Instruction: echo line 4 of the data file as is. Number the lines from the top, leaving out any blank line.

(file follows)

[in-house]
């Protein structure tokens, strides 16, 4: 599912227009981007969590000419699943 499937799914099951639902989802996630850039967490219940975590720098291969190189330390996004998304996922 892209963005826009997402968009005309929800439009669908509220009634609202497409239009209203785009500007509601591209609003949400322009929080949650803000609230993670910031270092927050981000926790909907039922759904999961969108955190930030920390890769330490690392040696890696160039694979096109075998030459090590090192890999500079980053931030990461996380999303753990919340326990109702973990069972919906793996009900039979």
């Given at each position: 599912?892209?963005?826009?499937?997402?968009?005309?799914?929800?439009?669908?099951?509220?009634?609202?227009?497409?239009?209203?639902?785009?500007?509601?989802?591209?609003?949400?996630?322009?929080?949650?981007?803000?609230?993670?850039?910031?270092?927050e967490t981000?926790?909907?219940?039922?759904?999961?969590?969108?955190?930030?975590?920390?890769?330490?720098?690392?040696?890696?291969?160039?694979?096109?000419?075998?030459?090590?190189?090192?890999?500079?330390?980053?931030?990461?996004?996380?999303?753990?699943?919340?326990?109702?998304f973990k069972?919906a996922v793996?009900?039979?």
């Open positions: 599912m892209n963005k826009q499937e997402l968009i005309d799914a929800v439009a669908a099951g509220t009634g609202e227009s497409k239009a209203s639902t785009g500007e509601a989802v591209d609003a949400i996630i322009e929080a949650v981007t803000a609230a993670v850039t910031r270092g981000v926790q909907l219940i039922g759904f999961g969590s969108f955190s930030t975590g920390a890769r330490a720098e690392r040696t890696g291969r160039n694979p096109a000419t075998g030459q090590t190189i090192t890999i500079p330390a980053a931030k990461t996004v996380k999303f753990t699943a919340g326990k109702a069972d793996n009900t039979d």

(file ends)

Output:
């Open positions: 599912m892209n963005k826009q499937e997402l968009i005309d799914a929800v439009a669908a099951g509220t009634g609202e227009s497409k239009a209203s639902t785009g500007e509601a989802v591209d609003a949400i996630i322009e929080a949650v981007t803000a609230a993670v850039t910031r270092g981000v926790q909907l219940i039922g759904f999961g969590s969108f955190s930030t975590g920390a890769r330490a720098e690392r040696t890696g291969r160039n694979p096109a000419t075998g030459q090590t190189i090192t890999i500079p330390a980053a931030k990461t996004v996380k999303f753990t699943a919340g326990k109702a069972d793996n009900t039979d």